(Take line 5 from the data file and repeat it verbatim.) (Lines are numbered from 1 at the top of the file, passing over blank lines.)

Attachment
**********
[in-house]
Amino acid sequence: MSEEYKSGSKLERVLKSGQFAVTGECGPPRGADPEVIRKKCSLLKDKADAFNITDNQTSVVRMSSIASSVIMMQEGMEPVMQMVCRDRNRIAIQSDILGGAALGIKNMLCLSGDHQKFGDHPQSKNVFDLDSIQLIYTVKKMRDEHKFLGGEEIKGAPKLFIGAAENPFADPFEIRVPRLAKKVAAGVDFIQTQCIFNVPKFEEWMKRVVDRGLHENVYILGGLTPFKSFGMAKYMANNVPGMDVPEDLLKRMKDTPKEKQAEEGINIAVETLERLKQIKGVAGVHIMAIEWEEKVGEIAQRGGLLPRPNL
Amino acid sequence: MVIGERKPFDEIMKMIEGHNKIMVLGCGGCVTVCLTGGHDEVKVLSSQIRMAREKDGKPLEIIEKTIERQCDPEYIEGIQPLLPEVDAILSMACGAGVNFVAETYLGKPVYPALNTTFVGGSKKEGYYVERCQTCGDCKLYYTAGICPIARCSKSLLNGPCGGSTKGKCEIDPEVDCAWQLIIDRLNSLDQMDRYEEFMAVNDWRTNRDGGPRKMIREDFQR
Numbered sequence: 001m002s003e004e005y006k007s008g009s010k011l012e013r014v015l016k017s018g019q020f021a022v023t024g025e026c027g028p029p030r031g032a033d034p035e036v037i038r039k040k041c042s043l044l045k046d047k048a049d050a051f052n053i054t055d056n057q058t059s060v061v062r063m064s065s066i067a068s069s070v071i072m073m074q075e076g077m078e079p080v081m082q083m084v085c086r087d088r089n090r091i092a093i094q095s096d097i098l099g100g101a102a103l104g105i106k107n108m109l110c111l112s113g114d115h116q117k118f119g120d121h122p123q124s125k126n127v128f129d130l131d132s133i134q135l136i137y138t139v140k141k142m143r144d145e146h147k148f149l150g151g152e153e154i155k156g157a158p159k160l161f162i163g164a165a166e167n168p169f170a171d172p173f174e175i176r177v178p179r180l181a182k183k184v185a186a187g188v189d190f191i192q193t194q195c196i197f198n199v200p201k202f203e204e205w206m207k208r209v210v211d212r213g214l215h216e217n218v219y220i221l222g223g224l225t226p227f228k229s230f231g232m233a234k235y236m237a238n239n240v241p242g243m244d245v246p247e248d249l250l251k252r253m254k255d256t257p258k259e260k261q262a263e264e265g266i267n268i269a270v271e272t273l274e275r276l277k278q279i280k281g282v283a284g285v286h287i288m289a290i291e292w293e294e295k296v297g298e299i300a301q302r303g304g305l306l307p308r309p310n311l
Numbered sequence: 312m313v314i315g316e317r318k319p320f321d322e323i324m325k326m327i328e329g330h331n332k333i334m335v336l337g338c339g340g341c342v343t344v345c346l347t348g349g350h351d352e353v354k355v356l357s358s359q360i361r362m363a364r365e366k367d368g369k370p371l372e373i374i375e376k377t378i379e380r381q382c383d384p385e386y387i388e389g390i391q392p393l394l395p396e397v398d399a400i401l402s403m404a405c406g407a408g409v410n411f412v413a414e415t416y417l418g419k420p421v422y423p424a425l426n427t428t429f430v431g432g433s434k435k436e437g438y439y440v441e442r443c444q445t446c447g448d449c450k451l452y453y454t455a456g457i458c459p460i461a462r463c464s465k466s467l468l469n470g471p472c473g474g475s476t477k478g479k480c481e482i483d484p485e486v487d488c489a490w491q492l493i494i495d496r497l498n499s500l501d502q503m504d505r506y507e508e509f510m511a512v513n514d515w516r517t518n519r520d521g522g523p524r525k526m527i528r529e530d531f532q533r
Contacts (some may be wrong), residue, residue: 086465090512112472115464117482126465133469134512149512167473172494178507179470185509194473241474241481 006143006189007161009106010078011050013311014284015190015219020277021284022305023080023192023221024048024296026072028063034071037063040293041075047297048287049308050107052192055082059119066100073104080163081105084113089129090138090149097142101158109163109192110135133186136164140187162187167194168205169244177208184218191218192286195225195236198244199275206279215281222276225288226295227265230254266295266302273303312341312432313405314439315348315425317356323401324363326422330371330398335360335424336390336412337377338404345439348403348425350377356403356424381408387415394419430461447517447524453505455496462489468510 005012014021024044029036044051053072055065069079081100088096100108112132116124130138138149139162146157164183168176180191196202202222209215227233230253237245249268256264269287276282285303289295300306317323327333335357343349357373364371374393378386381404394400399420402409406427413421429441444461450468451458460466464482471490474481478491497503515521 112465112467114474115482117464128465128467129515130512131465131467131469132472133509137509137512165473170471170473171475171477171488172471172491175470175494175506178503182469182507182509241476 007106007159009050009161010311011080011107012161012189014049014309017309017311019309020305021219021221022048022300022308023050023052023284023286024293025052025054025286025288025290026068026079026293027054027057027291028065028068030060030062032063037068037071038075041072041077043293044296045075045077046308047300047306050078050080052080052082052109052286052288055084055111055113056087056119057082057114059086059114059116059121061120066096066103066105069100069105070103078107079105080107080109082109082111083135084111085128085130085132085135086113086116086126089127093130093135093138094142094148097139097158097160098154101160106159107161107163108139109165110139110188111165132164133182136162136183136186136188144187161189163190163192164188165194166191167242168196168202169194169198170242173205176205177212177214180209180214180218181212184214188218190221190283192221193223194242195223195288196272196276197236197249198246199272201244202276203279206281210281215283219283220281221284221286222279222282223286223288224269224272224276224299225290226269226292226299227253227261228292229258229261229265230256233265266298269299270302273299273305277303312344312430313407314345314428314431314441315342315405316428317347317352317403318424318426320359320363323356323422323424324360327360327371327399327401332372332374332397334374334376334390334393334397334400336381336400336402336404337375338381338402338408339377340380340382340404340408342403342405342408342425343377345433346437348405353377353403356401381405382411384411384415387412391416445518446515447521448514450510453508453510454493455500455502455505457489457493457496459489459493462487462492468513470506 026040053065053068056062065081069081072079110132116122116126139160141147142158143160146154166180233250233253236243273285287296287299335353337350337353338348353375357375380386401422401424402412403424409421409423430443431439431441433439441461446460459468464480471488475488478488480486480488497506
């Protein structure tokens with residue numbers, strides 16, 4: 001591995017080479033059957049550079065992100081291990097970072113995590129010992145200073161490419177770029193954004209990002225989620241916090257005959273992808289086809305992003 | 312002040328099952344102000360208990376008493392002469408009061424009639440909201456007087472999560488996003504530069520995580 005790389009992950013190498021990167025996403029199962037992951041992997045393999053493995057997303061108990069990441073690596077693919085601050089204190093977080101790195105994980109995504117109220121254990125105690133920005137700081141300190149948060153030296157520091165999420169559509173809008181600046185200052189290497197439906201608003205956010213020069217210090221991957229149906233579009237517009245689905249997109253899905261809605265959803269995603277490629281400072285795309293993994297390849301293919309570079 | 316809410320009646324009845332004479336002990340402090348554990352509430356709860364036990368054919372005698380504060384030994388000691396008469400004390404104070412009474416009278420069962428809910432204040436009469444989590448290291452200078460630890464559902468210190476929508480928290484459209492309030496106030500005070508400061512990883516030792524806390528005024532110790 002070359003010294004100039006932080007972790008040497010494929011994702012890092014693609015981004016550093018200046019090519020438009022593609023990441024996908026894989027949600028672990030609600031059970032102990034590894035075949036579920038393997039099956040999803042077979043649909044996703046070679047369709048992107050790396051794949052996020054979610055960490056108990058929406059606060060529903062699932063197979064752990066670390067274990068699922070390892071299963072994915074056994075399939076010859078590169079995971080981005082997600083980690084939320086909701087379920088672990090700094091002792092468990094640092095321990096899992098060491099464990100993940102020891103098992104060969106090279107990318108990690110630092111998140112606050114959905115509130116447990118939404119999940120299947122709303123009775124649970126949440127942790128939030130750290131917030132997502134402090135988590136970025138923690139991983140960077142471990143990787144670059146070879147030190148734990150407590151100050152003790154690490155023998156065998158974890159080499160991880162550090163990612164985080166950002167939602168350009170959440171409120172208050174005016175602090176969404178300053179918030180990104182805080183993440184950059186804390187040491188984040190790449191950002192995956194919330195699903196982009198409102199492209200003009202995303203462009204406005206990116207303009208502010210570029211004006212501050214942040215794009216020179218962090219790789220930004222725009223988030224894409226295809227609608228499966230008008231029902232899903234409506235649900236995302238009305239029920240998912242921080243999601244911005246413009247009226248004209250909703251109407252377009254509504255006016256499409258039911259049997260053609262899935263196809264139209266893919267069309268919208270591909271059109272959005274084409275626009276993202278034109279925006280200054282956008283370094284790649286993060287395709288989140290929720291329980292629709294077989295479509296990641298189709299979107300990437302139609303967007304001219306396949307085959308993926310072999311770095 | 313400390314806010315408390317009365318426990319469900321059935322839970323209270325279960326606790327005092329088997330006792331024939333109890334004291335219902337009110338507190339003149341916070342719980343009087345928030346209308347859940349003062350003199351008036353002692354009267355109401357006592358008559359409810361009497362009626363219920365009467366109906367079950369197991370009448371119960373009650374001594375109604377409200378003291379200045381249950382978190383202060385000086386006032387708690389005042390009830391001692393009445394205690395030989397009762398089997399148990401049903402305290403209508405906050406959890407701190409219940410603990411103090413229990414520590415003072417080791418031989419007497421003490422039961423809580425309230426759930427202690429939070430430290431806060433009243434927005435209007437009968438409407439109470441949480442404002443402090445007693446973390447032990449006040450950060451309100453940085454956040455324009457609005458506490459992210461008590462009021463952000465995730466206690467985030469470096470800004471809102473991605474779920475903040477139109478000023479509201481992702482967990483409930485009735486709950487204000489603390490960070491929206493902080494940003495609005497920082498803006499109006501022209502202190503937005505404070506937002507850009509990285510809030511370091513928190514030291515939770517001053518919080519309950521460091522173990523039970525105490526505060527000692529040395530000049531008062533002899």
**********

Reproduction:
Numbered sequence: 312m313v314i315g316e317r318k319p320f321d322e323i324m325k326m327i328e329g330h331n332k333i334m335v336l337g338c339g340g341c342v343t344v345c346l347t348g349g350h351d352e353v354k355v356l357s358s359q360i361r362m363a364r365e366k367d368g369k370p371l372e373i374i375e376k377t378i379e380r381q382c383d384p385e386y387i388e389g390i391q392p393l394l395p396e397v398d399a400i401l402s403m404a405c406g407a408g409v410n411f412v413a414e415t416y417l418g419k420p421v422y423p424a425l426n427t428t429f430v431g432g433s434k435k436e437g438y439y440v441e442r443c444q445t446c447g448d449c450k451l452y453y454t455a456g457i458c459p460i461a462r463c464s465k466s467l468l469n470g471p472c473g474g475s476t477k478g479k480c481e482i483d484p485e486v487d488c489a490w491q492l493i494i495d496r497l498n499s500l501d502q503m504d505r506y507e508e509f510m511a512v513n514d515w516r517t518n519r520d521g522g523p524r525k526m527i528r529e530d531f532q533r